Vietnam's workforce must tackle digital skill gap: PwC's CEO

By Hung Anh - Sep 15, 2018 | 01:29 PM GMT+7

TheLEADERRe-skill the labour force, strengthen digital connectivity and boost cooperation between public and private sector are the way forward for Vietnamese businesses to promote sustainable growth in 4.0 industrial revolution, according to Dinh Thi Quynh Van, General Director of PwC Vietnam.

Vietnam's workforce must tackle digital skill gap: PwC's CEO
Dinh Thi Quynh Van, PwC Vietnam's CEO

Vietnam is one of the fastest-growing economies worldwide with an expected GDP growth rate of 7.1 per cent in 2018 and 6.8 per cent in 2019, according to the Asian Development Bank.

Hence, the Pricewaterhouse Coopers (PwC)’s Industry 4.0 Vietnam Survey 2018 has just exposed vulnerable risks for businesses under the context of the economy's entry into digital era despite many promising statistics of its GDP growth rate and foreign direct investment flow in comparison with Asean's peers.


In the survey, just 27 per cent of businesses responded that they fully understand the concept and impacts of Industry 4.0; meanwhile, 30 per cent heard about it but not clear, 29 per cent understand the concept but unsure about impacts and 14 per cent had limited understanding.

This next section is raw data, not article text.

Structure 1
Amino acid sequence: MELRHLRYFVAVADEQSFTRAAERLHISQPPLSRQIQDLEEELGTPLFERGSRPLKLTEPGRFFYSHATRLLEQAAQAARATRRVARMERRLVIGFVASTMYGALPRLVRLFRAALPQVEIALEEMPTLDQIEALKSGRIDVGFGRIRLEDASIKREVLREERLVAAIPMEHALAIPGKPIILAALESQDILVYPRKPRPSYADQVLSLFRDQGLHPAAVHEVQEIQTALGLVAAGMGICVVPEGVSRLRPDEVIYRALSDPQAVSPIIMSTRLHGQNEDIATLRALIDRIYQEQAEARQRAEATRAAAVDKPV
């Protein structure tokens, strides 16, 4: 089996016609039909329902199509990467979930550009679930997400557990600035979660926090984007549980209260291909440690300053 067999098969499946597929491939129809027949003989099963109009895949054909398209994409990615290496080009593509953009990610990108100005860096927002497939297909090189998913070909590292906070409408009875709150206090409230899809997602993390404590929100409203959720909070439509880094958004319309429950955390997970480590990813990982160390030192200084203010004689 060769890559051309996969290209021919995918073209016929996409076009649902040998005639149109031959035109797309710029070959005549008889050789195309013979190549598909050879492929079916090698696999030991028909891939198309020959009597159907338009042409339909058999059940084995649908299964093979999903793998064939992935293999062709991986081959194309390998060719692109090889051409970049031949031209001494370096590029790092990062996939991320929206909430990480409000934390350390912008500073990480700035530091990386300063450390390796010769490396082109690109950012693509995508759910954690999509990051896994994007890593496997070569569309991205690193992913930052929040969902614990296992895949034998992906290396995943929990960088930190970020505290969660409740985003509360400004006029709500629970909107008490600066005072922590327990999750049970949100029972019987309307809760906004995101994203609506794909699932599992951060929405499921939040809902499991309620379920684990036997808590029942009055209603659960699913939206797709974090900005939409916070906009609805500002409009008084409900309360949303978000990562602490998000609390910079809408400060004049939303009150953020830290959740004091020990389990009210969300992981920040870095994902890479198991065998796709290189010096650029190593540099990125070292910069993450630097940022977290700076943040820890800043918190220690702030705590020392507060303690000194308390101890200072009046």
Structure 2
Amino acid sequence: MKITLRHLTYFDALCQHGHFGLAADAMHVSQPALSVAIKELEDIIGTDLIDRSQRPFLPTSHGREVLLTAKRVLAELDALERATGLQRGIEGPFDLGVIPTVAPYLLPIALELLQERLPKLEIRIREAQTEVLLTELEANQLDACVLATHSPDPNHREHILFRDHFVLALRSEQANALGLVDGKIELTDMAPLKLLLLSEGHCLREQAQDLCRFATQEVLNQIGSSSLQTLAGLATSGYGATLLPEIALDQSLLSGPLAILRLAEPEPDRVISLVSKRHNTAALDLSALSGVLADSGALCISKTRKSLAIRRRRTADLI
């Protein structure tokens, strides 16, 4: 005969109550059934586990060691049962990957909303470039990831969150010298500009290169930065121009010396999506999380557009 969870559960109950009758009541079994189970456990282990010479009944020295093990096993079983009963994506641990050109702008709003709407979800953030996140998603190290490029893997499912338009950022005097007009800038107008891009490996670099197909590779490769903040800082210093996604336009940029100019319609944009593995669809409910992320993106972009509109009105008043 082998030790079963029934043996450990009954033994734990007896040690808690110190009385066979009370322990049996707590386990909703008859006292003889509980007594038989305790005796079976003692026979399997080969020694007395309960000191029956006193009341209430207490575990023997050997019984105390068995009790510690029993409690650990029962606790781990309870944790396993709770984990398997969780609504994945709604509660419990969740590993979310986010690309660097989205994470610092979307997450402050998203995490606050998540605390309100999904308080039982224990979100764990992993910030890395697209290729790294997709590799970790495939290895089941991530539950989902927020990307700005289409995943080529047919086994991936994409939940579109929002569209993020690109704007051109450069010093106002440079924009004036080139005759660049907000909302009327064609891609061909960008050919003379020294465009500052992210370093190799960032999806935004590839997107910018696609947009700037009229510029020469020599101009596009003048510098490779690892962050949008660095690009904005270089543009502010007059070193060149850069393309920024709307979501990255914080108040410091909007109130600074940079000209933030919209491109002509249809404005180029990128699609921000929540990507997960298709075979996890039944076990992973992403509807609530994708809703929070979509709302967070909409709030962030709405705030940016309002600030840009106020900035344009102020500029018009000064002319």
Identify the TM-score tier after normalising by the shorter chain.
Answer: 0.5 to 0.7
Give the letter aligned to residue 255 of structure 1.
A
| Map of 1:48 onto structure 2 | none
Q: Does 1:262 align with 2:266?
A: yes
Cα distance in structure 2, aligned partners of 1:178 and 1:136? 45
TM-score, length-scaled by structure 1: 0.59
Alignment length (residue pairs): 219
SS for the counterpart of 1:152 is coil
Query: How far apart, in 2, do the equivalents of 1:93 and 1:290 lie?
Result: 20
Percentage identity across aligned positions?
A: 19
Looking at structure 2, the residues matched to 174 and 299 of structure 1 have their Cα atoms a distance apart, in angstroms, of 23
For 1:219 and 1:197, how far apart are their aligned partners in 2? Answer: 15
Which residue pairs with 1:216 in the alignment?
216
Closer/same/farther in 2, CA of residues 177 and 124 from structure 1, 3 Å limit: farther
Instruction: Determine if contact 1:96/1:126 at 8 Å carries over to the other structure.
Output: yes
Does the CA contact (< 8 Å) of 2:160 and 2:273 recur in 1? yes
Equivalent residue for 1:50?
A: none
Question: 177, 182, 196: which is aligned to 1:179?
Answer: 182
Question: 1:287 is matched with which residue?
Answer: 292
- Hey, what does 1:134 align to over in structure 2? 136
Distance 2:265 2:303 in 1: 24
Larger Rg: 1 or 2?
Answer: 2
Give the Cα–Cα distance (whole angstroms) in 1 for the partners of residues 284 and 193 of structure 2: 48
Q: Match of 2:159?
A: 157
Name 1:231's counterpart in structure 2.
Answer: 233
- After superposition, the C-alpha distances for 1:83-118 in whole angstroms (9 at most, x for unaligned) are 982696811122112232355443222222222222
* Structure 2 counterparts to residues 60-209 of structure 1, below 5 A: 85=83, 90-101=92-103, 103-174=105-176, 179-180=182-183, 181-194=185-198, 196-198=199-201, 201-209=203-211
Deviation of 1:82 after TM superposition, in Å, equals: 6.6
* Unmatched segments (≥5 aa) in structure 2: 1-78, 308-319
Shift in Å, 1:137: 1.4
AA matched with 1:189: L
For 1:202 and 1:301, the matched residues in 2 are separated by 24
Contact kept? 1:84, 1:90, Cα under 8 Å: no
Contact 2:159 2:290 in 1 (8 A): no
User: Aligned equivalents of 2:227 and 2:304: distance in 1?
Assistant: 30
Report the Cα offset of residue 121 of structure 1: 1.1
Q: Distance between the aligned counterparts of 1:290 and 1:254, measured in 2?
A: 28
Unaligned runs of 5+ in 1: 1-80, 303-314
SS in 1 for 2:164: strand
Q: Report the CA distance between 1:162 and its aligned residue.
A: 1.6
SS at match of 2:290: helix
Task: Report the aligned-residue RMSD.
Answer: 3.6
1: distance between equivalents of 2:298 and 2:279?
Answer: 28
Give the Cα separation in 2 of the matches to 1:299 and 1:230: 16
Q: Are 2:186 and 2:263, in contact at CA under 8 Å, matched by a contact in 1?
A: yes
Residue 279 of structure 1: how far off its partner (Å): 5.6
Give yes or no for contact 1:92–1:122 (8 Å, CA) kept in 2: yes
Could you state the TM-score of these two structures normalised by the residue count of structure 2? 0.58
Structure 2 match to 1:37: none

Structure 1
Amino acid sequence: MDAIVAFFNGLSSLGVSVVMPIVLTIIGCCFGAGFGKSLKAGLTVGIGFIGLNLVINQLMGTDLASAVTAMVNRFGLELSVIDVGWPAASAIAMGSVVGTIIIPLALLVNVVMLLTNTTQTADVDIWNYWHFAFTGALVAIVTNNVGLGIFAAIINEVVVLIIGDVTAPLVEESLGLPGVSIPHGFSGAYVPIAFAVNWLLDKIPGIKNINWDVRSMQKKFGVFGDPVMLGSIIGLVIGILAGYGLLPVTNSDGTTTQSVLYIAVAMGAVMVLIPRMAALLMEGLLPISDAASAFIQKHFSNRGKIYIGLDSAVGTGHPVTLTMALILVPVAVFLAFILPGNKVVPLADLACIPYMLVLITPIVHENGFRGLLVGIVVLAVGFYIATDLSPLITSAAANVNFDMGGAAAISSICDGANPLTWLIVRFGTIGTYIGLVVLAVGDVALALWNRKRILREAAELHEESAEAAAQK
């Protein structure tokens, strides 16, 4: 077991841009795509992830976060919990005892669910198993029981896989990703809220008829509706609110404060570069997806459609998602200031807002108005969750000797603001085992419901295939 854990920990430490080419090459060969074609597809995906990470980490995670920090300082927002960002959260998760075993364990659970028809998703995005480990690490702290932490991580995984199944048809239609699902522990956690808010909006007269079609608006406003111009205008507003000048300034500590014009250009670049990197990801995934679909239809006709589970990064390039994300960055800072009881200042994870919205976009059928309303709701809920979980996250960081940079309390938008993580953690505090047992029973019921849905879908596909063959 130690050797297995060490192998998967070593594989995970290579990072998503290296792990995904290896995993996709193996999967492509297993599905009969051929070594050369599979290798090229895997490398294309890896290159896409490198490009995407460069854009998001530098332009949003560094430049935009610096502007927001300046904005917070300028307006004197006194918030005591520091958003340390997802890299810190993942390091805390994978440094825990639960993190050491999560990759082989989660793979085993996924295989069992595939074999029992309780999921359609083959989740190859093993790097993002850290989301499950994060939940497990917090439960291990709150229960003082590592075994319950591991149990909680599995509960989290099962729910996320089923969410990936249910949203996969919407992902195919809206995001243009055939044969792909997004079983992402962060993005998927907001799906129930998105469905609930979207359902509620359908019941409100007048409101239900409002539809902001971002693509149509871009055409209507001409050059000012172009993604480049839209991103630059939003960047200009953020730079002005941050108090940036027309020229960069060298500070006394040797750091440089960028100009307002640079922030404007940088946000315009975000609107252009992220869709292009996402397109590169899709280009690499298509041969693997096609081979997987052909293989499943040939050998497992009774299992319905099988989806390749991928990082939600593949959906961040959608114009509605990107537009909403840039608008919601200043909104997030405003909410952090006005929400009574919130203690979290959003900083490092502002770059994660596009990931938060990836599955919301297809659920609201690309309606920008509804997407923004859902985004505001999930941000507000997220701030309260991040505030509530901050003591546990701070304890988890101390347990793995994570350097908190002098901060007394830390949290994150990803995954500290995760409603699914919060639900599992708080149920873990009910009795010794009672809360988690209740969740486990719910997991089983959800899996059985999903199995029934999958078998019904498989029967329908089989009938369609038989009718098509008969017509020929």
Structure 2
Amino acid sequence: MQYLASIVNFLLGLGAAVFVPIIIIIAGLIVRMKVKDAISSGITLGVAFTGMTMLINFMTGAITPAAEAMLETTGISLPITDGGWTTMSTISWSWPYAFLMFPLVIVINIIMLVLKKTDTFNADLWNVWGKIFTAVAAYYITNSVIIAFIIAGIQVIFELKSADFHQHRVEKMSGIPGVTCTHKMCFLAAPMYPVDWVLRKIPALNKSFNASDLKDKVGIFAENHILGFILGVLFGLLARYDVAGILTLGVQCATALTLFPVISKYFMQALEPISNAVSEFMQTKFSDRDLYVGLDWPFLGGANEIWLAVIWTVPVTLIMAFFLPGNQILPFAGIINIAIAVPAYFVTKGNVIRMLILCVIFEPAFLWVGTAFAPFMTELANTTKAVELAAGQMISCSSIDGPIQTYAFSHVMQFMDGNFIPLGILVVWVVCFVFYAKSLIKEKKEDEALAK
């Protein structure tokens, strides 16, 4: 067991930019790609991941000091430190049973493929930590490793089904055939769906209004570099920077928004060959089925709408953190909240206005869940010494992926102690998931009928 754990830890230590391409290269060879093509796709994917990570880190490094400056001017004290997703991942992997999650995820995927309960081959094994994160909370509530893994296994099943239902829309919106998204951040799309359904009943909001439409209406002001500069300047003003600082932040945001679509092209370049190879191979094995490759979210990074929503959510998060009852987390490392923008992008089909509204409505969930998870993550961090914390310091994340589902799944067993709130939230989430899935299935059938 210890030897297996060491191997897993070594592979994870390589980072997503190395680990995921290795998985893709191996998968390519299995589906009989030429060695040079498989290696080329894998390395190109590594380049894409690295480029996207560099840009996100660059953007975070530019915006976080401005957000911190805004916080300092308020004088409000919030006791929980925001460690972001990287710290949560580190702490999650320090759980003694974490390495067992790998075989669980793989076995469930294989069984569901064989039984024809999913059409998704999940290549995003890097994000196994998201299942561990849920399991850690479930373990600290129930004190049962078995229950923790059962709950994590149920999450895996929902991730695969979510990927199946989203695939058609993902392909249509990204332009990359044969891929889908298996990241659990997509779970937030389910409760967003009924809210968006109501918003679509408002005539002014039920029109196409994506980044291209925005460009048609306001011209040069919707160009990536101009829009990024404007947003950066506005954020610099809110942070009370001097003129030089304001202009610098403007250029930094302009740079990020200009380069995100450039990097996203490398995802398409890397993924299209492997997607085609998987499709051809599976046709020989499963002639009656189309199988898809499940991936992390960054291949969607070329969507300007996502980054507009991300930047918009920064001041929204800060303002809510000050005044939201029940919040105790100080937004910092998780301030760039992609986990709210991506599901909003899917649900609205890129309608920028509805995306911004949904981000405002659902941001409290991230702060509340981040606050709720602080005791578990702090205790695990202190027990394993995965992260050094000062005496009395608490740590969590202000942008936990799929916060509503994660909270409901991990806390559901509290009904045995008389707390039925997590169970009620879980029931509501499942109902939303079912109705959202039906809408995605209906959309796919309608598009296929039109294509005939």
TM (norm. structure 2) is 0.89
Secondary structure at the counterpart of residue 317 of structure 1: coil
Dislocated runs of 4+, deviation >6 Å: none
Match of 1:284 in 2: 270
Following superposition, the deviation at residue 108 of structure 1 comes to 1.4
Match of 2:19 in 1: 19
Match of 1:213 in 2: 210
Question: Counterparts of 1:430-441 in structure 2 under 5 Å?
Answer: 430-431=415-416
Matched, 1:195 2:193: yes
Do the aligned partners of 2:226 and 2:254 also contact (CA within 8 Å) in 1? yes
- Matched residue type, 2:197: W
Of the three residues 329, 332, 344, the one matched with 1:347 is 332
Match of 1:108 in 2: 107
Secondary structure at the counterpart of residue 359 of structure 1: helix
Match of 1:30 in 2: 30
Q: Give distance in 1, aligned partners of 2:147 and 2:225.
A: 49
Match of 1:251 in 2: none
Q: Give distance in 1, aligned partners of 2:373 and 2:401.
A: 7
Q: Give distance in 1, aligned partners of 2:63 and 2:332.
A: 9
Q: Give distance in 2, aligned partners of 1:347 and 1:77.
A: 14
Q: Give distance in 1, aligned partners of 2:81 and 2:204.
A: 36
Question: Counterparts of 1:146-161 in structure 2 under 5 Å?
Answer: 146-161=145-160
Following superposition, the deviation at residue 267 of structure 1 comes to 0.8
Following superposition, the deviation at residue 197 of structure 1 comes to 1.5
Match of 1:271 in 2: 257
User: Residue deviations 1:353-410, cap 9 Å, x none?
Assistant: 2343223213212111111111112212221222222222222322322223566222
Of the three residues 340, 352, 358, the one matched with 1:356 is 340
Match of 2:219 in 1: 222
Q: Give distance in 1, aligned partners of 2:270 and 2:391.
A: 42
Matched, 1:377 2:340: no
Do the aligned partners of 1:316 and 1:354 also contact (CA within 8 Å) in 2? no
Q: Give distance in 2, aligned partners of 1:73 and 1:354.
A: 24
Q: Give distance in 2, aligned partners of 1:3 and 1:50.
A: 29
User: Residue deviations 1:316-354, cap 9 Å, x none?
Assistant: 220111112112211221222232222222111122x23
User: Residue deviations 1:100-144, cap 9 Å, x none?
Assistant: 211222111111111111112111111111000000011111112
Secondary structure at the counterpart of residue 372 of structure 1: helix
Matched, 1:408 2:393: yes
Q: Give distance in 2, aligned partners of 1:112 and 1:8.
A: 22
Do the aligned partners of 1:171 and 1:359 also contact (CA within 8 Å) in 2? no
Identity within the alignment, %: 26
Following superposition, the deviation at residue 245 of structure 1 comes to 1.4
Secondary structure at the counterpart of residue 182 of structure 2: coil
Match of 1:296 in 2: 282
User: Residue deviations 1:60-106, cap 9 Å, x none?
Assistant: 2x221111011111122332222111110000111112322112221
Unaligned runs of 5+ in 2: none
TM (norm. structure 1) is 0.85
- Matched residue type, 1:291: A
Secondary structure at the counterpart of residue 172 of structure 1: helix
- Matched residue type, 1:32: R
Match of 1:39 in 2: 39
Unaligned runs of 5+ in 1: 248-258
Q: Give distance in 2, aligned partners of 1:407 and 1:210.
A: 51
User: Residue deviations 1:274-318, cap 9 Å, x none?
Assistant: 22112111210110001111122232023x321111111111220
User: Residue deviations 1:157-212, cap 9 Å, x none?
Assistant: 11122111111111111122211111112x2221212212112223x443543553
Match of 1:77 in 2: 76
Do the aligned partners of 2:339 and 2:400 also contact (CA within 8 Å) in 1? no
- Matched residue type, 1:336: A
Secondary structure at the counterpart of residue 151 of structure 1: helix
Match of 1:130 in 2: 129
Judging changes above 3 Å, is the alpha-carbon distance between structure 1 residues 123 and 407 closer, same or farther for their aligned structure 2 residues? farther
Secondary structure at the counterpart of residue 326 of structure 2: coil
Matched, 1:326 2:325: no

Among ASEAN countries, Vietnam is also the second largest labour market. However, Vietnamese population is also ageing rapidly.

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In terms of Vietnam's trade flow, only 10 per cent revenue is from inside ASEAN region,  90 per cent of trade activity comes from the extra Asean areas, which makes Vietnam more vulnerable to trade tensions in case that there appears some trade wars related to U.S., EU and China.

Van said that to improve competitiveness, Vietnamese enterprises would have to focus on three particular aspects including technology, skills and corporate governance.

In today 4.0 industrial revolution, digital skills become more crucial than ever. Technology such as robots, drones, blockchain influences to all aspects of a business from strategy planning to boosting customer engagement. 

Yet, many challenges such as a lack of digital standards, norms and certification; insufficient skills and talents (local labour markets); unresolved questions around data security and privacy remain.

With the emergence of these technologies and an ageing population, Vietnam is currently lacking a skilled workforce. Especially, global CEOs are concerned about the lack of digital skills in the laborforce. 

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Global CEOs are concerned about digital skills in their workforce

"Most importantly, enterprises should be proactive in addressing these issues and at the same time, Government's contribution is surely indispensable," said Van.